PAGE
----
I can take you to the Taroko National Park and we can go hiking together if you don’t mind. I’ll get up at 9:00 too. See you in the morning, get well soon.
A few hours earlier I was in the lobby of the hostel asking the guy behind the desk about bus times and best hiking routes to the Taroko Gorge in Taiwan’s East Coast. This local Taiwanese girl (a friend of the hostel manager I later found out) named Jaddie overheard us talking and sat down and chatted with us. Eventually, the manager went back to work but me and Jaddie sat together for another hour finding out we had a lot in common. She was 30, into indie movies (and knew a lot about them), her favorite band was from Iceland and she had even traveled there. She actually lived in Taipei but was in the gorge area to visit friends and see a former teacher who opened a gallery in the town we were in. It was great talking to her, but I had a cold and the night ended when I had a coughing fit. I didn’t expect to see her again.
But she overheard I was taking the bus, but most people ride scooters around the gorge area and she had one she was willing to share with me. So I put on a hello kitty helmet I borrowed from the hostel we and we took off together the next morning.
We spend the whole day together and I hung out with her, some locals and the hostel staff the rest of the night (they even bought me dinner). I then left the city, but Jaddie lived in Taipei so we met up a few more times. Once we took a day trip to the outskirts of Taipei and hiked a mountain and drank tea on a balcony overlooking an ancient town. We never ran out of things to talk about.
On my second day in Taipei I met a bunch of guys. We were from all over: Singapore, England, Taiwan and one American named Glenn. We were all very well read. Or more to the point, we were similarly read, and over apple flavored shisha and buy-one-get-one-free drinks we talked (and argued) about books. Then we went out dancing.
3 weeks later I was in Shanghai and it so happened that Glenn, the American, was also in the city. We sang KTV until 3am, had a few dinners together and walked the Bund at night. He even got to meet a bunch of my friends.
One night I was chatting in Chinese with a local Taiwanese guy and we arranged to meet at the night market for some snacks. We must have chatted in Chinese for a few hours, he using traditional characters, me using simplified.
At the market a guy approaches me and says, “Hey, what’s up?” in near perfect English. He had gotten a masters degree in London and taught English to poor kids in India for a year. “Why were we chatting in Chinese if your english was so good?!” I said exasperated. He laughed. Then we spent hours talking about Taiwanese culture, about local politics, feelings about jobs. He actually had a successful job in a big company (located in Taipei 101–the former world’s tallest building) but quit because he didn’t like the job. Yep, quit a good, high-paying prestigious job because he didn’t like the pressure and the work. Putting your happiness above financial reward? A man after my own heart.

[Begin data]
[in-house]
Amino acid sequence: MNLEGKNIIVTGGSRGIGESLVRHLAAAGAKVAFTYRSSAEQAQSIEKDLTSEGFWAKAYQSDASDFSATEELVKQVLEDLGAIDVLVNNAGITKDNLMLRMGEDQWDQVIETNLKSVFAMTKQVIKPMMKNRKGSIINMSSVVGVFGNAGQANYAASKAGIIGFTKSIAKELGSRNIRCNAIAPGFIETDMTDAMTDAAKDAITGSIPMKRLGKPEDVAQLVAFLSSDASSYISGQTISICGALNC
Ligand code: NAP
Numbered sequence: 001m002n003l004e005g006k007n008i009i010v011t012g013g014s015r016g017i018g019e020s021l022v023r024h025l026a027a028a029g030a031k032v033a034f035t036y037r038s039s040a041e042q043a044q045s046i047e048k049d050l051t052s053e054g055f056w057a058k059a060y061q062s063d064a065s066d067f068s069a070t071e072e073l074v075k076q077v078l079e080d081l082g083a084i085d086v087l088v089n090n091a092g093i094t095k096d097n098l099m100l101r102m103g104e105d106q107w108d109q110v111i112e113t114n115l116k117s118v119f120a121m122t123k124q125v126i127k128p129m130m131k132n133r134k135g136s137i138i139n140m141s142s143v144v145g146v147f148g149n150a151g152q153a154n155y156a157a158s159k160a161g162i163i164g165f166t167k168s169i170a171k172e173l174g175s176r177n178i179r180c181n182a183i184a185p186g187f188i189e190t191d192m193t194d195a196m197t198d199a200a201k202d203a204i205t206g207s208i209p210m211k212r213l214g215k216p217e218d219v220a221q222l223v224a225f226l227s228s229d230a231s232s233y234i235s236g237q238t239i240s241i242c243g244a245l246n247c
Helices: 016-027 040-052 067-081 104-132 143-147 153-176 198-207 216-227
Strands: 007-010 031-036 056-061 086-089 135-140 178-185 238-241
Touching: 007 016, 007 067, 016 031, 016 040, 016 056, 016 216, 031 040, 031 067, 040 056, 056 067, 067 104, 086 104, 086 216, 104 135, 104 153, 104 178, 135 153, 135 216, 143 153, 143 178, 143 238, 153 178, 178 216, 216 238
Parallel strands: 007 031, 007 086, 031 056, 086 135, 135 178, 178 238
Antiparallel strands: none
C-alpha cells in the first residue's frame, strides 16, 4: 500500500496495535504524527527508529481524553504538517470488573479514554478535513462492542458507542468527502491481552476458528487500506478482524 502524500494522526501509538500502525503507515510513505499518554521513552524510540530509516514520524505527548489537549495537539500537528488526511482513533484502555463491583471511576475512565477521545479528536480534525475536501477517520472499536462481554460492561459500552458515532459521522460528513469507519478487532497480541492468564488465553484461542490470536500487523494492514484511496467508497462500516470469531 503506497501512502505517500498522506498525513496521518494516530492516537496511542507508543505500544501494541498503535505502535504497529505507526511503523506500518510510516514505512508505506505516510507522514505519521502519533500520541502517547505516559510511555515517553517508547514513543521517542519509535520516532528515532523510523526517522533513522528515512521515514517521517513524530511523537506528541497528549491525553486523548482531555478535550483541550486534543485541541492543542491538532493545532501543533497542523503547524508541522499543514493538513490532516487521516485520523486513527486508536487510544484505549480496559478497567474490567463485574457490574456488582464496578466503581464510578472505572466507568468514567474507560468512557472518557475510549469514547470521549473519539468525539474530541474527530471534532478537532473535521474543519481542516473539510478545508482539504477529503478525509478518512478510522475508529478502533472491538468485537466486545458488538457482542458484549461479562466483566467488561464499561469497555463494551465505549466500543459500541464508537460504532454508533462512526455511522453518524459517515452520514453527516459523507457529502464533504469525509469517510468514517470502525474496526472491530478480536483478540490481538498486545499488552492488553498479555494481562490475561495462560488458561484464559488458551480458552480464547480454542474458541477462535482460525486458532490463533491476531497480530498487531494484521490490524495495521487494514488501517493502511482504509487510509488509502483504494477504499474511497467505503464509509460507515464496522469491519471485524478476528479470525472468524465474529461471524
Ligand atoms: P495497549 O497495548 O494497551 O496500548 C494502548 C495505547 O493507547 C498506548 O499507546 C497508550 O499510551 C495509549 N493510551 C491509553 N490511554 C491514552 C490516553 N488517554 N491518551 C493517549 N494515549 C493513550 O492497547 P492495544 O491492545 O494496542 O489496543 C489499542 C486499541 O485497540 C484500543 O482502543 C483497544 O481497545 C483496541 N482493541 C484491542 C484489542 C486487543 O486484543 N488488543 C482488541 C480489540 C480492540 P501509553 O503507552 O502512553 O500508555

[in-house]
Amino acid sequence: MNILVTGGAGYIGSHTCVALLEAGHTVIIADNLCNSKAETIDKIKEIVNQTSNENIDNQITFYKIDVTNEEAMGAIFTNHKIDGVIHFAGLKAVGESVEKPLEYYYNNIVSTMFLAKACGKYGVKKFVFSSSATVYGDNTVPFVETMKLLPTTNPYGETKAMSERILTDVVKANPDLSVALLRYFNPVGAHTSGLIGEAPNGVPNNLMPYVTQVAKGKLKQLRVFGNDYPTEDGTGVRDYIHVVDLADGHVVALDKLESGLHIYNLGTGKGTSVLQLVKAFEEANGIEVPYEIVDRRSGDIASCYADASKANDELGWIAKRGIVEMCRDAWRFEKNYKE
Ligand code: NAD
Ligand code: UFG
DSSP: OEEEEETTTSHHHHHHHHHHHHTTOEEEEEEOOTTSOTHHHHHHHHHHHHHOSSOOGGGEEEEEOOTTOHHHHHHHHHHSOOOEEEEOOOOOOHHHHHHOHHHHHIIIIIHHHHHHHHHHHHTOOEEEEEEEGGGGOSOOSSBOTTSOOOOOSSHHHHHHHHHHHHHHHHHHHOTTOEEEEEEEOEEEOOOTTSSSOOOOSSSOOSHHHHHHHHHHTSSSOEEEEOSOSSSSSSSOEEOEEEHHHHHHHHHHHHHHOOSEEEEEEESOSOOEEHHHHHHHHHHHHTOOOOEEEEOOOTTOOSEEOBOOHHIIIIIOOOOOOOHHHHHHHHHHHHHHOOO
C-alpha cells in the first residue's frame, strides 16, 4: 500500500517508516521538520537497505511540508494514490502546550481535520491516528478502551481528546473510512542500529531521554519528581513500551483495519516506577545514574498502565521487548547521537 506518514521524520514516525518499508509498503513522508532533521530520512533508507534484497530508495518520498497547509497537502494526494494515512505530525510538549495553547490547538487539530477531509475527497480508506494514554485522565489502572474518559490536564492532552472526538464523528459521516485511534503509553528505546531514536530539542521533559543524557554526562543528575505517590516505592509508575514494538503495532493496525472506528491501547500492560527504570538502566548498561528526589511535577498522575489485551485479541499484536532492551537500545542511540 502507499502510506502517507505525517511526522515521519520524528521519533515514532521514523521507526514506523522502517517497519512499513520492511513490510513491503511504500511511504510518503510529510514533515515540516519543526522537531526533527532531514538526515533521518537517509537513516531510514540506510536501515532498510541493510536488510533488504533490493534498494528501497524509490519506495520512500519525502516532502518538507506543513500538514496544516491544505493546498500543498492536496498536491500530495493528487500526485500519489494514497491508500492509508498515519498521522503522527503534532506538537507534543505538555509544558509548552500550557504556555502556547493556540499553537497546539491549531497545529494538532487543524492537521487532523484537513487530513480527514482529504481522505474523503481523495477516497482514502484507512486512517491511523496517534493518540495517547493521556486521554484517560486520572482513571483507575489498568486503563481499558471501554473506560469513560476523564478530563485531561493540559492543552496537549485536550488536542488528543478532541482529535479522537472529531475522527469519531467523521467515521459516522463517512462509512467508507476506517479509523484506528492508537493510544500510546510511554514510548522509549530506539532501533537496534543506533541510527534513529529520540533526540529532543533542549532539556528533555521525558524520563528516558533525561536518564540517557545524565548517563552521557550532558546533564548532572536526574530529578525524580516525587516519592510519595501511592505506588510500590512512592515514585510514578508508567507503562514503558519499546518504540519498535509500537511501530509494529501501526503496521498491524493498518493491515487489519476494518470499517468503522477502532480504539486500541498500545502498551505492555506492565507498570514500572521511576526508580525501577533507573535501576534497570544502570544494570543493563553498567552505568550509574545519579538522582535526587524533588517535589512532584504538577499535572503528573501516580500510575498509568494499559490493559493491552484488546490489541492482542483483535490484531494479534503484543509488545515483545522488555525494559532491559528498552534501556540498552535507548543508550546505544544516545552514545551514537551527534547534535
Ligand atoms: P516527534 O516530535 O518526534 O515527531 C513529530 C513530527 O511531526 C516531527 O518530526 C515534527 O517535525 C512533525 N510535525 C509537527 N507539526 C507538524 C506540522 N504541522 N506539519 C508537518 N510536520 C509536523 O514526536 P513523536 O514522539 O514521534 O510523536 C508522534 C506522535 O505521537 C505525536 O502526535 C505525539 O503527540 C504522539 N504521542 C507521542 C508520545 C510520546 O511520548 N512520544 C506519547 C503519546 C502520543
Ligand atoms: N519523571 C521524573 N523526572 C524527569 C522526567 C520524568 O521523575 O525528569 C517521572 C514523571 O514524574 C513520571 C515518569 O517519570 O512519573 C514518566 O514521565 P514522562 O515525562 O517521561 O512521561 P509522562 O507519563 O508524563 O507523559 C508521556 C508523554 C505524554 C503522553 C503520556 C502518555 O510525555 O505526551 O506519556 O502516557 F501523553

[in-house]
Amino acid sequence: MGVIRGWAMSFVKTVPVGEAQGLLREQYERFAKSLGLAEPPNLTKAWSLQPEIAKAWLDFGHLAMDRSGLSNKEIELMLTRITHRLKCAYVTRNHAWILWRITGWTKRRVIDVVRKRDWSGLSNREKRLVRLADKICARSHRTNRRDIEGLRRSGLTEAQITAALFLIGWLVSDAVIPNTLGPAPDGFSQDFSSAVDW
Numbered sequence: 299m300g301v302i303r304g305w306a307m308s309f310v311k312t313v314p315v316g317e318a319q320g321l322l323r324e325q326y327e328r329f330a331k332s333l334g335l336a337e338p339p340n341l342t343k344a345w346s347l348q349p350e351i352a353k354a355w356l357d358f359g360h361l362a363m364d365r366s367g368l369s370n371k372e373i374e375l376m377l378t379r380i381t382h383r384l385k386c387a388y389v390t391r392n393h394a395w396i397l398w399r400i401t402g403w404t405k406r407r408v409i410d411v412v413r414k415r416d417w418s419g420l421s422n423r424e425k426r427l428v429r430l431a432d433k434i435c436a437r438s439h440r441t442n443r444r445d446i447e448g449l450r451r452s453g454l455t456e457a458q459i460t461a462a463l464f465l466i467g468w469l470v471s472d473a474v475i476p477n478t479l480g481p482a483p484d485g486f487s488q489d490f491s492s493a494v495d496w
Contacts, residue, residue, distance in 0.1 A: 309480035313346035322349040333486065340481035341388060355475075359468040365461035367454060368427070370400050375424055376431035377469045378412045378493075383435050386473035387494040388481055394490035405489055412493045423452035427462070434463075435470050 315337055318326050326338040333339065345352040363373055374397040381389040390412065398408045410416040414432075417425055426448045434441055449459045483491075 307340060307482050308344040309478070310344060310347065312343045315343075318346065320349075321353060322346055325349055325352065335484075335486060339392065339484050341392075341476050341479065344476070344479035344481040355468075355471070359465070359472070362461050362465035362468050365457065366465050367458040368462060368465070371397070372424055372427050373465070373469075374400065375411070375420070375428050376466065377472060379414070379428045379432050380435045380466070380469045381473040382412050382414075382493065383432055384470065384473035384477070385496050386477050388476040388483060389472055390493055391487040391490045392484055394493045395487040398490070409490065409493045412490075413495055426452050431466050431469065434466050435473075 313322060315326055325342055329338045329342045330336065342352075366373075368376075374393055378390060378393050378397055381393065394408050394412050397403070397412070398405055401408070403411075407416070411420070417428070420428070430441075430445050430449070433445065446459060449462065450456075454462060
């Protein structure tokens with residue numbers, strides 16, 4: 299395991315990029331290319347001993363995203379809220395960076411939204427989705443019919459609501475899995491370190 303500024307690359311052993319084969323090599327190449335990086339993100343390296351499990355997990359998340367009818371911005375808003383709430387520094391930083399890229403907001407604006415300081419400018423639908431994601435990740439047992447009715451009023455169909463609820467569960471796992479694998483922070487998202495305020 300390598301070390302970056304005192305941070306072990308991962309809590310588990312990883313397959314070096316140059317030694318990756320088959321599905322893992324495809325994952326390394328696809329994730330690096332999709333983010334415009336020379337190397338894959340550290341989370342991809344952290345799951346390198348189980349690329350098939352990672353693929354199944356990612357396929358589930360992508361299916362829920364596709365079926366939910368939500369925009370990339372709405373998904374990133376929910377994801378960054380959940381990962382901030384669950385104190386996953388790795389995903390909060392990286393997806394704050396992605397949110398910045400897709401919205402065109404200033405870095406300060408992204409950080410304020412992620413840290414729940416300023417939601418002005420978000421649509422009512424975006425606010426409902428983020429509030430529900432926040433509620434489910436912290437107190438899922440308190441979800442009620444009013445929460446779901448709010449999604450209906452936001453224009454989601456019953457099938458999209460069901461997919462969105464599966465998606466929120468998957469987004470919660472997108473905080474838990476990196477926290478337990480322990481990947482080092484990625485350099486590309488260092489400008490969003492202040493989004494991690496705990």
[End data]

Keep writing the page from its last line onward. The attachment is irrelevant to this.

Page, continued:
Then there were the two Brits who had just moved to Taipei. We met while they were living in the hostel looking for an apartment. We bonded over British TV shows and spent one night arguing so long about what to watch we ended up watching nothing because it got too late. They moved into an apartment but we kept hanging out. And then there was the night out with Niel (from Confused Laowai blog) and his girlfriend Saffron. After dinner at the biggest night market in Taipei we went out to one of the classiest bars. I got a chamomile tea martini while Saffron got a cocktail called ‘The Vampire Diaries.’
If I was with a friend we might have been out, or talking in the room and I would have never gone out to the common room and met the Brits. Or I wouldn’t have felt the necessity to reach out to Niel the blogger. And Jaddie definitely couldn’t bring 2 people with her on her scooter, so she wouldn’t have even asked if I was with a friend. And the first night I went out with my fellow book-lovers there was a couple at the hostel we invited out with us. But the girl was feeling tired, and the guy was obliged to stay with her.
And while some relationships have been one-off’s, thanks to modern technology it’s so easy to keep in touch the friendships tend to grow over time. I am still very close to my friends I made last summer in Kunming (despite us being spread all over the globe) and I even occasionally hear from the guy I met over a year ago when I was touring the Tulou’s. He texts me ever major holiday to wish me a good time. So far I have chatted or Facebooked with everyone I met in Taiwan at least a few times.
Sure, you do end up spending some time on your own, and it can be lonely. But when is that a bad thing? It seems like people are so worried about being lonely (or maybe having other people think they are friendless?) that they aren’t willing to go outside their comfort zone and miss out on most opportunities waiting for them.
I had no idea what I was missing out on when I always traveled with a partner. But now that I know, now that I’ve experienced several trips traveling by myself I’m not sure I’ll ever be able to plan a long trip with a friend again. I’d be thinking too much of the opportunities I missed and people that I’m not meeting.
And to all of those people who I met this past month, I just want to say thank you. Thanks for sharing your time and friendship with me. You’ll never know how much it means.